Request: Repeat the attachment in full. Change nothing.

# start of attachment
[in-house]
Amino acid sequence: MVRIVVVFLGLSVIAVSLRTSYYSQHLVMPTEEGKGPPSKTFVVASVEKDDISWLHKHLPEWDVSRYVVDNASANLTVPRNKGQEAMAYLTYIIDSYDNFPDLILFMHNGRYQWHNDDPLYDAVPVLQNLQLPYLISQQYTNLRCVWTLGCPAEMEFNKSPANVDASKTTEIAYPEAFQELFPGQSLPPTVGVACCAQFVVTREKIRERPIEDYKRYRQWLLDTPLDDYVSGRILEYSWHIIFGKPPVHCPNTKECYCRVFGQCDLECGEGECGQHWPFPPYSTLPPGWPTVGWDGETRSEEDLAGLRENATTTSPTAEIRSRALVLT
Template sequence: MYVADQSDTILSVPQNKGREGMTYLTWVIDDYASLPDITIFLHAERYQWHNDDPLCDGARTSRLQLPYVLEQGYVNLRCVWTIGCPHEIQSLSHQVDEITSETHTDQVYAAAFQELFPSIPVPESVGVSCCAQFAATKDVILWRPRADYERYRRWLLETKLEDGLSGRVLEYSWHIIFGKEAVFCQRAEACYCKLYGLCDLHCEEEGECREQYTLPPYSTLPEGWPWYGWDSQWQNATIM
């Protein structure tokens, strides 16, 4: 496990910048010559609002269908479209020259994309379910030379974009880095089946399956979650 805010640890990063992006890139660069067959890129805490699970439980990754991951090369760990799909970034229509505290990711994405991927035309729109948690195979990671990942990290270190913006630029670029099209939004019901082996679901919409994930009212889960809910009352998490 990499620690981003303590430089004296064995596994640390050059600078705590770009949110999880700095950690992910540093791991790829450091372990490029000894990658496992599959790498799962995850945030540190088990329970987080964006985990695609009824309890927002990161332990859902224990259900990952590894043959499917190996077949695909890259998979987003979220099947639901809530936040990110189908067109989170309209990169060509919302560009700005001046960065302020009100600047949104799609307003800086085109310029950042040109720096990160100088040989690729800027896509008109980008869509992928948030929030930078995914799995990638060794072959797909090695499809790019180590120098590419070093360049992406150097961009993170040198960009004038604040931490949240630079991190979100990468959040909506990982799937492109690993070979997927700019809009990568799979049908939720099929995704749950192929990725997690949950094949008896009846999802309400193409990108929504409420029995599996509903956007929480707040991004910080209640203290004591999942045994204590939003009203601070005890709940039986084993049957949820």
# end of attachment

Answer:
[in-house]
Amino acid sequence: MVRIVVVFLGLSVIAVSLRTSYYSQHLVMPTEEGKGPPSKTFVVASVEKDDISWLHKHLPEWDVSRYVVDNASANLTVPRNKGQEAMAYLTYIIDSYDNFPDLILFMHNGRYQWHNDDPLYDAVPVLQNLQLPYLISQQYTNLRCVWTLGCPAEMEFNKSPANVDASKTTEIAYPEAFQELFPGQSLPPTVGVACCAQFVVTREKIRERPIEDYKRYRQWLLDTPLDDYVSGRILEYSWHIIFGKPPVHCPNTKECYCRVFGQCDLECGEGECGQHWPFPPYSTLPPGWPTVGWDGETRSEEDLAGLRENATTTSPTAEIRSRALVLT
Template sequence: MYVADQSDTILSVPQNKGREGMTYLTWVIDDYASLPDITIFLHAERYQWHNDDPLCDGARTSRLQLPYVLEQGYVNLRCVWTIGCPHEIQSLSHQVDEITSETHTDQVYAAAFQELFPSIPVPESVGVSCCAQFAATKDVILWRPRADYERYRRWLLETKLEDGLSGRVLEYSWHIIFGKEAVFCQRAEACYCKLYGLCDLHCEEEGECREQYTLPPYSTLPEGWPWYGWDSQWQNATIM
């Protein structure tokens, strides 16, 4: 496990910048010559609002269908479209020259994309379910030379974009880095089946399956979650 805010640890990063992006890139660069067959890129805490699970439980990754991951090369760990799909970034229509505290990711994405991927035309729109948690195979990671990942990290270190913006630029670029099209939004019901082996679901919409994930009212889960809910009352998490 990499620690981003303590430089004296064995596994640390050059600078705590770009949110999880700095950690992910540093791991790829450091372990490029000894990658496992599959790498799962995850945030540190088990329970987080964006985990695609009824309890927002990161332990859902224990259900990952590894043959499917190996077949695909890259998979987003979220099947639901809530936040990110189908067109989170309209990169060509919302560009700005001046960065302020009100600047949104799609307003800086085109310029950042040109720096990160100088040989690729800027896509008109980008869509992928948030929030930078995914799995990638060794072959797909090695499809790019180590120098590419070093360049992406150097961009993170040198960009004038604040931490949240630079991190979100990468959040909506990982799937492109690993070979997927700019809009990568799979049908939720099929995704749950192929990725997690949950094949008896009846999802309400193409990108929504409420029995599996509903956007929480707040991004910080209640203290004591999942045994204590939003009203601070005890709940039986084993049957949820």